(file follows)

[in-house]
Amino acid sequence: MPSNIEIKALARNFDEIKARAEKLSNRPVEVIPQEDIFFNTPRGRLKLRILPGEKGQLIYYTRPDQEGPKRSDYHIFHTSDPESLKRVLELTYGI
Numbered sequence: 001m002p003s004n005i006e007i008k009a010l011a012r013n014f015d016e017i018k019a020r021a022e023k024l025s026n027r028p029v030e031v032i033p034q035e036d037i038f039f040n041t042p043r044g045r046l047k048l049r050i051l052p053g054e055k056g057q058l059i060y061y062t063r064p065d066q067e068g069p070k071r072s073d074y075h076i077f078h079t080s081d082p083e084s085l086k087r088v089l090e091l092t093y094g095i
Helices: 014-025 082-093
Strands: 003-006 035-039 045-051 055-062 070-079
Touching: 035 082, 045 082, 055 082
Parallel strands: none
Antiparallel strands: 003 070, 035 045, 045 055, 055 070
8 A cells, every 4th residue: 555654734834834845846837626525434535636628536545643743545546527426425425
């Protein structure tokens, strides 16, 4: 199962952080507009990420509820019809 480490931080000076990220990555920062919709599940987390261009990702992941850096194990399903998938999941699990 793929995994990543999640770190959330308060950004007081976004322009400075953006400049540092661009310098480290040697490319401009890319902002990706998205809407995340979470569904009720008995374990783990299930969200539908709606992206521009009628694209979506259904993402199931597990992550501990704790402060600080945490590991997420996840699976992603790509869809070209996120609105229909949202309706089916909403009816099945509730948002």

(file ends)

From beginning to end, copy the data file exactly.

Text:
[in-house]
Amino acid sequence: MPSNIEIKALARNFDEIKARAEKLSNRPVEVIPQEDIFFNTPRGRLKLRILPGEKGQLIYYTRPDQEGPKRSDYHIFHTSDPESLKRVLELTYGI
Numbered sequence: 001m002p003s004n005i006e007i008k009a010l011a012r013n014f015d016e017i018k019a020r021a022e023k024l025s026n027r028p029v030e031v032i033p034q035e036d037i038f039f040n041t042p043r044g045r046l047k048l049r050i051l052p053g054e055k056g057q058l059i060y061y062t063r064p065d066q067e068g069p070k071r072s073d074y075h076i077f078h079t080s081d082p083e084s085l086k087r088v089l090e091l092t093y094g095i
Helices: 014-025 082-093
Strands: 003-006 035-039 045-051 055-062 070-079
Touching: 035 082, 045 082, 055 082
Parallel strands: none
Antiparallel strands: 003 070, 035 045, 045 055, 055 070
8 A cells, every 4th residue: 555654734834834845846837626525434535636628536545643743545546527426425425
């Protein structure tokens, strides 16, 4: 199962952080507009990420509820019809 480490931080000076990220990555920062919709599940987390261009990702992941850096194990399903998938999941699990 793929995994990543999640770190959330308060950004007081976004322009400075953006400049540092661009310098480290040697490319401009890319902002990706998205809407995340979470569904009720008995374990783990299930969200539908709606992206521009009628694209979506259904993402199931597990992550501990704790402060600080945490590991997420996840699976992603790509869809070209996120609105229909949202309706089916909403009816099945509730948002």